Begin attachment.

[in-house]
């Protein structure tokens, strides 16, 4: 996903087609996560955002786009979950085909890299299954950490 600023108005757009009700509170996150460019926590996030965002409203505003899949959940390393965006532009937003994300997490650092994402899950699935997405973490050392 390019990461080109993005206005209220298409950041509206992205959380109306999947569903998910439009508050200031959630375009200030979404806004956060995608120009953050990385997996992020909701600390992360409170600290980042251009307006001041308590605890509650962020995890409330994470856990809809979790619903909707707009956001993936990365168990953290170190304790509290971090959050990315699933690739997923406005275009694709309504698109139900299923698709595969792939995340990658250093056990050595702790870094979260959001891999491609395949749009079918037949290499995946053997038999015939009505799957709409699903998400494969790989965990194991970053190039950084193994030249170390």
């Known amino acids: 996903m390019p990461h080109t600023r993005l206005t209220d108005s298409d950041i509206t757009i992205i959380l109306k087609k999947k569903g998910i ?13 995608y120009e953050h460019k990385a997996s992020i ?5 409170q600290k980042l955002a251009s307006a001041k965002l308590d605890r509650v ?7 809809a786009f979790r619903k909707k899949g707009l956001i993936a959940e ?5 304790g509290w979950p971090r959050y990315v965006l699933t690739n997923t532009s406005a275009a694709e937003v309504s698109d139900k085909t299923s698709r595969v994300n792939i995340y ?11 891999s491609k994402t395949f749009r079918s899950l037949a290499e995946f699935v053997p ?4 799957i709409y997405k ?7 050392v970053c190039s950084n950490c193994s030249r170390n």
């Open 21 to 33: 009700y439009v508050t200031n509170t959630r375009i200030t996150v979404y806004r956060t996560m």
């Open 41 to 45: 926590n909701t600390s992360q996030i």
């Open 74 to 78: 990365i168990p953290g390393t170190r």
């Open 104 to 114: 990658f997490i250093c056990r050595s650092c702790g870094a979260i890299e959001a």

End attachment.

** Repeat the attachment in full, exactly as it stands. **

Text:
[in-house]
């Protein structure tokens, strides 16, 4: 996903087609996560955002786009979950085909890299299954950490 600023108005757009009700509170996150460019926590996030965002409203505003899949959940390393965006532009937003994300997490650092994402899950699935997405973490050392 390019990461080109993005206005209220298409950041509206992205959380109306999947569903998910439009508050200031959630375009200030979404806004956060995608120009953050990385997996992020909701600390992360409170600290980042251009307006001041308590605890509650962020995890409330994470856990809809979790619903909707707009956001993936990365168990953290170190304790509290971090959050990315699933690739997923406005275009694709309504698109139900299923698709595969792939995340990658250093056990050595702790870094979260959001891999491609395949749009079918037949290499995946053997038999015939009505799957709409699903998400494969790989965990194991970053190039950084193994030249170390």
């Known amino acids: 996903m390019p990461h080109t600023r993005l206005t209220d108005s298409d950041i509206t757009i992205i959380l109306k087609k999947k569903g998910i ?13 995608y120009e953050h460019k990385a997996s992020i ?5 409170q600290k980042l955002a251009s307006a001041k965002l308590d605890r509650v ?7 809809a786009f979790r619903k909707k899949g707009l956001i993936a959940e ?5 304790g509290w979950p971090r959050y990315v965006l699933t690739n997923t532009s406005a275009a694709e937003v309504s698109d139900k085909t299923s698709r595969v994300n792939i995340y ?11 891999s491609k994402t395949f749009r079918s899950l037949a290499e995946f699935v053997p ?4 799957i709409y997405k ?7 050392v970053c190039s950084n950490c193994s030249r170390n």
């Open 21 to 33: 009700y439009v508050t200031n509170t959630r375009i200030t996150v979404y806004r956060t996560m």
């Open 41 to 45: 926590n909701t600390s992360q996030i």
């Open 74 to 78: 990365i168990p953290g390393t170190r």
């Open 104 to 114: 990658f997490i250093c056990r050595s650092c702790g870094a979260i890299e959001a």